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How Austria plans to protect the public during heatwaves this summer

Amanda Previdelli
Amanda Previdelli - [email protected]
How Austria plans to protect the public during heatwaves this summer
A tourist holds an umbrella to protect hersel from the sun during a hot sunny day in Vienna on July 2, 2012. (Photo by ALEXANDER KLEIN / AFP)

With the first heatwave of the year set to hit Austria, the government has presented its "National Heat Protection Plan". But what does it involve?

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Just as people in Austria start bracing for the first heat wave of the year, with temperatures expected to reach 35C on Friday, the government has presented its "National Heat Protection Plan".  

The plan aims to raise awareness about the impact of extreme heat on individuals and systems while guiding state authorities and healthcare facilities to better prepare for and respond to heat events, according to a presentation by Health Minister Johannes Rauch (Greens).

According to Rauch, Europe is warming up faster than other continents due to the impact of the human-caused climate crisis. 

The minister said in a press conference that heat is already a burden for healthy people. However, it can become a real danger, especially for vulnerable groups such as babies, small children, the elderly, and sick people. Awareness of this should be raised. 

READ ALSO: How to stay cool in Austria as the heatwave hits

The revised heat protection plan aims to raise awareness and make the healthcare system more resilient to future heat events. The plan sets out steps to be taken at the federal level in cooperation with the federal states and GeoSphere Austria, the country's meteorological institute, in the event of extremely high temperatures.

What are the federal recommendations?

The plan recommends measures to the federal states and social and health institutions depending on the warning level and shows examples of best practices, such as setting up a network of "heat buddies."

For example, people who live in retirement homes and care facilities or are cared for by mobile services should be better looked after. 

"Heat protection requires more than just structural and technical measures. It is also a social task. It requires a joint effort. It is crucial to sensitise those responsible so that they can prepare measures for their institutions. That is the goal and the great benefit of this National Heat Protection Plan," said Andrea Schmidt, Head of the Climate and Health Competence Centre at Gesundheit Österreich.

Exchange with state, social, and healthcare facilities will also be intensified. An information and training programme for the facilities' health officers and an annual congress are planned. The plan also calls for heat to be given more significant consideration in urban development and spatial planning.

"We must use every opportunity to inform the population about correct behaviour and provide good care for people at increased risk during heatwaves," said Health Minister Johannes Rauch.

READ ALSO: How is Vienna planning to deal with heatwaves?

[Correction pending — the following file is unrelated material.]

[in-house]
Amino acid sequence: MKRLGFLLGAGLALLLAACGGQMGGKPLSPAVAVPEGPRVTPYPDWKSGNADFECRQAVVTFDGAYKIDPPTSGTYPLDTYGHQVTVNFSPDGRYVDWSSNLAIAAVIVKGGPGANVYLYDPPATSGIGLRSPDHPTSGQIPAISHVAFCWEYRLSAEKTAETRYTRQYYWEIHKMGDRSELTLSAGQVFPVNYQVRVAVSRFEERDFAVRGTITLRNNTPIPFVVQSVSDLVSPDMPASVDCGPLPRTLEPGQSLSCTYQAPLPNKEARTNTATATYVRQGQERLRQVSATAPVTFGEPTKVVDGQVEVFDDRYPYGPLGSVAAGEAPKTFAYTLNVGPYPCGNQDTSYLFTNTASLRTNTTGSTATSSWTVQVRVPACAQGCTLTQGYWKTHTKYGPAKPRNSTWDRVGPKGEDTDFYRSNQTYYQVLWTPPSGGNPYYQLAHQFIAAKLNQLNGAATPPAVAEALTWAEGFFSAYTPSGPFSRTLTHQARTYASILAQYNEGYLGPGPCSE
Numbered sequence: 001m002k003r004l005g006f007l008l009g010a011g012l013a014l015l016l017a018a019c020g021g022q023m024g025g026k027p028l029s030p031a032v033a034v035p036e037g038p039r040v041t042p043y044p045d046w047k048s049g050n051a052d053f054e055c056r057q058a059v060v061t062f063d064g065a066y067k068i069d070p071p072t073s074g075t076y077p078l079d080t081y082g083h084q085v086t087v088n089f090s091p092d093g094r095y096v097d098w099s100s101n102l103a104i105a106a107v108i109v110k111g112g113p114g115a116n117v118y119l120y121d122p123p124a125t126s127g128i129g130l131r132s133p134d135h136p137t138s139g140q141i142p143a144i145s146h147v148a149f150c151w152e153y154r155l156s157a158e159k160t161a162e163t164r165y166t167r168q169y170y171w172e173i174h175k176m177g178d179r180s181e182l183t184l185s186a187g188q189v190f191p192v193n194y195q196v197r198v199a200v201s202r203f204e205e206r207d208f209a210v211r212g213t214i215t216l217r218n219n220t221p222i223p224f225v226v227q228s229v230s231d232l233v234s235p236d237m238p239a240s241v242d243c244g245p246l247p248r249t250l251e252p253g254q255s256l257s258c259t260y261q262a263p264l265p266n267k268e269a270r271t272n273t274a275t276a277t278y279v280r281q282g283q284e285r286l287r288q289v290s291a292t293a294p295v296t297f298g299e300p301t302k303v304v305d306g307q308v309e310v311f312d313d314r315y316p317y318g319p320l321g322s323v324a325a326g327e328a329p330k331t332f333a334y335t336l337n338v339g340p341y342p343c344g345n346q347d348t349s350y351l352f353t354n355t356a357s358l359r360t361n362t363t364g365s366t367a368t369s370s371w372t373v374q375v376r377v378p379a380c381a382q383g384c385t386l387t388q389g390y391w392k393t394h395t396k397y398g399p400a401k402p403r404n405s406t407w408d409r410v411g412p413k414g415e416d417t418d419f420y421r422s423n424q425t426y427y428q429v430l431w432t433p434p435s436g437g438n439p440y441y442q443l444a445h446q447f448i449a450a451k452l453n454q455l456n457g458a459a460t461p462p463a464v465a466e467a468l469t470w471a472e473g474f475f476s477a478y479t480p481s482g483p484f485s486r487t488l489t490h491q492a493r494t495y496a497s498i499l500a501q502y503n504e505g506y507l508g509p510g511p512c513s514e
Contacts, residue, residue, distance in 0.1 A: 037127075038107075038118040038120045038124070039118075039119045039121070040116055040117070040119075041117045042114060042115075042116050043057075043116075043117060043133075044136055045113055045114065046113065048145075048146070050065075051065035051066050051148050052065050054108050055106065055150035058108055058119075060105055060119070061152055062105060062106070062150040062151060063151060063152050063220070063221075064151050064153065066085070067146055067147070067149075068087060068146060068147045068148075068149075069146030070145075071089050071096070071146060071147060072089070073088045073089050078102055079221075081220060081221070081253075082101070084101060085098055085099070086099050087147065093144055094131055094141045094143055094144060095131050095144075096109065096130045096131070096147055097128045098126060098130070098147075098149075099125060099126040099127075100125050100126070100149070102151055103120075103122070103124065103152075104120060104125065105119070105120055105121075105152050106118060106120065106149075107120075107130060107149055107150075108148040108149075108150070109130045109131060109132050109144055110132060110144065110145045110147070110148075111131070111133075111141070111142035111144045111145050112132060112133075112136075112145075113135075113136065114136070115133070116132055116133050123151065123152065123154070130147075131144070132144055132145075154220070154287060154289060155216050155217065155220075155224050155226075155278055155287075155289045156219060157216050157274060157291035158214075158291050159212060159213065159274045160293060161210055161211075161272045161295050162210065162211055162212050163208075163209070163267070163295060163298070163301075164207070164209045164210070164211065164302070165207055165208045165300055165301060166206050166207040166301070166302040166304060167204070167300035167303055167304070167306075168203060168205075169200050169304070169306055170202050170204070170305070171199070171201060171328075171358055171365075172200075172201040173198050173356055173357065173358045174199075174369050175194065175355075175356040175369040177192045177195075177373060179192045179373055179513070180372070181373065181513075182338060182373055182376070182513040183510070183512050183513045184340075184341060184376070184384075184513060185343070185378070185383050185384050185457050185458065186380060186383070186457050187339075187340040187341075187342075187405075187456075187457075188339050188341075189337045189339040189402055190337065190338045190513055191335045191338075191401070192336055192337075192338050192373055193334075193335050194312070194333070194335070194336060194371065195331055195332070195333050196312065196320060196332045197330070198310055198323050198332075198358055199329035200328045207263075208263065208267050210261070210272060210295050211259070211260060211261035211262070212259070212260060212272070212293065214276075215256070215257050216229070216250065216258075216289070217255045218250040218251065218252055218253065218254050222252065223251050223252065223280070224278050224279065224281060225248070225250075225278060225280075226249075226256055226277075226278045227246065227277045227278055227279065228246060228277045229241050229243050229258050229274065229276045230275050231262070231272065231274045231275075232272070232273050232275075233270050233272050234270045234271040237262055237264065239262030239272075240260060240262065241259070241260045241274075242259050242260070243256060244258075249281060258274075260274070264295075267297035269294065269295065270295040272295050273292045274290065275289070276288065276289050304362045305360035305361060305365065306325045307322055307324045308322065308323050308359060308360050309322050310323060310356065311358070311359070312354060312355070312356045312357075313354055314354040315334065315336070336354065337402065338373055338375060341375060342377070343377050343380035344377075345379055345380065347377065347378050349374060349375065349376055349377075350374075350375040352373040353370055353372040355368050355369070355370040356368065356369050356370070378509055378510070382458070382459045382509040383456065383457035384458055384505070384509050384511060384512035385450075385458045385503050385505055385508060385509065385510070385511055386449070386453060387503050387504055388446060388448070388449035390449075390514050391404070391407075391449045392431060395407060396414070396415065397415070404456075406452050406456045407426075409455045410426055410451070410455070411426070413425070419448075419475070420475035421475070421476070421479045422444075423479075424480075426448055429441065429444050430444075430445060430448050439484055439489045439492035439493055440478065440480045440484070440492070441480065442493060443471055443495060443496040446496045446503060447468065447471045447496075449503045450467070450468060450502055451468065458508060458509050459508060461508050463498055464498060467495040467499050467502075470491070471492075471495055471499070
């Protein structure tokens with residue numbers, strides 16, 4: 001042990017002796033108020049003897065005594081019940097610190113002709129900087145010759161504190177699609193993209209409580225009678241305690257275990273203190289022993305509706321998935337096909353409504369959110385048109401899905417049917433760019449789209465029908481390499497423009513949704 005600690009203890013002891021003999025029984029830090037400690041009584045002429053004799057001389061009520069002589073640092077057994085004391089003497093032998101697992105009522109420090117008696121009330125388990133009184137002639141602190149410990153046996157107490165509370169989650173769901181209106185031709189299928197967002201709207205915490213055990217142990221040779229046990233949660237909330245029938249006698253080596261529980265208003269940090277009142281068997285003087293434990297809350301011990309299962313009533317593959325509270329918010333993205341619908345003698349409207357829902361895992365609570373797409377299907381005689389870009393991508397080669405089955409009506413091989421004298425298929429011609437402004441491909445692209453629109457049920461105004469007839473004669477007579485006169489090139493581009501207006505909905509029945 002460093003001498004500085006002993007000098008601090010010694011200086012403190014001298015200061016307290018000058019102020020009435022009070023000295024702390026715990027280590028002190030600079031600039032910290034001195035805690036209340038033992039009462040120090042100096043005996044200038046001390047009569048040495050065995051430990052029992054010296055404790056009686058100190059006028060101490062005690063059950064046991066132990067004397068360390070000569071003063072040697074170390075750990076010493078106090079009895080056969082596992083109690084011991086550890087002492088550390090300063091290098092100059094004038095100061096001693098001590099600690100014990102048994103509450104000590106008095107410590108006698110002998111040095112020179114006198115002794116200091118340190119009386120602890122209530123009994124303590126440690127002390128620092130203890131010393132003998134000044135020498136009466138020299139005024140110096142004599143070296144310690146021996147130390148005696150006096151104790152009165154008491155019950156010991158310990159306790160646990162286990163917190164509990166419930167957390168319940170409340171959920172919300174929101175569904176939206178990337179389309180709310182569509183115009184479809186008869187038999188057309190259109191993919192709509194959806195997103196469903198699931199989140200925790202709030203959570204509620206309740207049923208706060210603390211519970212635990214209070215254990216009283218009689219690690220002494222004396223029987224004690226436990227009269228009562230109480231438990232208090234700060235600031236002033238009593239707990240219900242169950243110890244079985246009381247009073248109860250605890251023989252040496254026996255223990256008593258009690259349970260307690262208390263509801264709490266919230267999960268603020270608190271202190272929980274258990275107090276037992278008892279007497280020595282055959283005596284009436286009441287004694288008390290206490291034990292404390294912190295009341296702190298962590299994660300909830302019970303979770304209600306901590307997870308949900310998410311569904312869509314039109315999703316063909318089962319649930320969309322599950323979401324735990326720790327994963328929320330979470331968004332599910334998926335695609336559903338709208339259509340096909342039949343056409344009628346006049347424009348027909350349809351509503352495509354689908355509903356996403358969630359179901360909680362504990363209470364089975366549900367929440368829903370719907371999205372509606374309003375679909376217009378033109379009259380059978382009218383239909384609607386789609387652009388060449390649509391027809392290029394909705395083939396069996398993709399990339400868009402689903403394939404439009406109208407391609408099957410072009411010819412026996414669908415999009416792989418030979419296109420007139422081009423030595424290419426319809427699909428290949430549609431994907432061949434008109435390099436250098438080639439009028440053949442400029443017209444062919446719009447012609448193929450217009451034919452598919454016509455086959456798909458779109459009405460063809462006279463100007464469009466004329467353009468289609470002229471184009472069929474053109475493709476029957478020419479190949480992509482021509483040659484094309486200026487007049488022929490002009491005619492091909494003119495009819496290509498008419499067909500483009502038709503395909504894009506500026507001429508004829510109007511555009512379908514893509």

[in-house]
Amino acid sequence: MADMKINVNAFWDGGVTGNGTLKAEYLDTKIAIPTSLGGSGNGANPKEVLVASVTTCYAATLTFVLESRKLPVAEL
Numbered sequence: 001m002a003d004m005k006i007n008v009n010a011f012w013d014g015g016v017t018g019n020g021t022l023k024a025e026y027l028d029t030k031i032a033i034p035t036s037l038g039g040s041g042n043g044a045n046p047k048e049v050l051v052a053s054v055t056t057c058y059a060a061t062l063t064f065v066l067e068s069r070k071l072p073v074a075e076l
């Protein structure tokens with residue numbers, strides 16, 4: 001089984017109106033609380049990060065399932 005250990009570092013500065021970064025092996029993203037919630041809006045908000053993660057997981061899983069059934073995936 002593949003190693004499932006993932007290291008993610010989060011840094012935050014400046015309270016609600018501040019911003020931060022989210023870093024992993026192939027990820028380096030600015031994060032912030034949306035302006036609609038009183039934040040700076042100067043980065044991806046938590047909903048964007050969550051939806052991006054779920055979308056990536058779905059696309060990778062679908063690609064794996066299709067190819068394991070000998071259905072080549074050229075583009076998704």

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The minister said short-, medium—and long-term measures are needed to protect particularly vulnerable groups from heat stress. These include structural measures in public spaces, such as shading and installing drinking water dispensers. 

In the short term, local initiatives such as Caritas climate oases, Red Cross cooling centres, and other neighbourhood support measures can improve the situation of older or sick people. 

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Responsibilities for the states

The federal states are responsible for implementing measures, each of which has its own heat protection plans that consider regional characteristics. The federal government coordinates the exchange between the states and experts. It is responsible for measures in the event of extreme heat from a perceived temperature of 40C and in the event of long-lasting, intense heatwaves, the national plan shows.

READ ALSO: Austrian heatwave: Six tips to get a better night’s sleep

The main aim is to convene the state crisis and disaster management team to coordinate the emergency measures of all parties involved (such as emergency organisations and federal, state, and local authorities). According to Rauch, the Ministry of Health also wants to intensify the provision of information to the population and place adverts on correct behaviour during heatwaves.

"Heat is also a social issue if people cannot afford air conditioning or a visit to the swimming pool", said Rauch. He added: "We therefore also want to help create more places that offer free cooling, such as the 27 "Climate Oases" in Vienna and Lower Austria and the Red Cross "Cooling Centres.""

Monitoring is also essential, as the press conference emphasised. Heat-related mortality is difficult to record, as heat rarely causes direct deaths but affects pre-existing conditions.

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The AGES heat mortality monitoring programme calculates the correlation between temperatures and excess mortality. The analyses showed that in recent years, there has been a significant excess mortality of up to 500 people per year. Hospitalisations also increased by up to a quarter in extremely hot summers.

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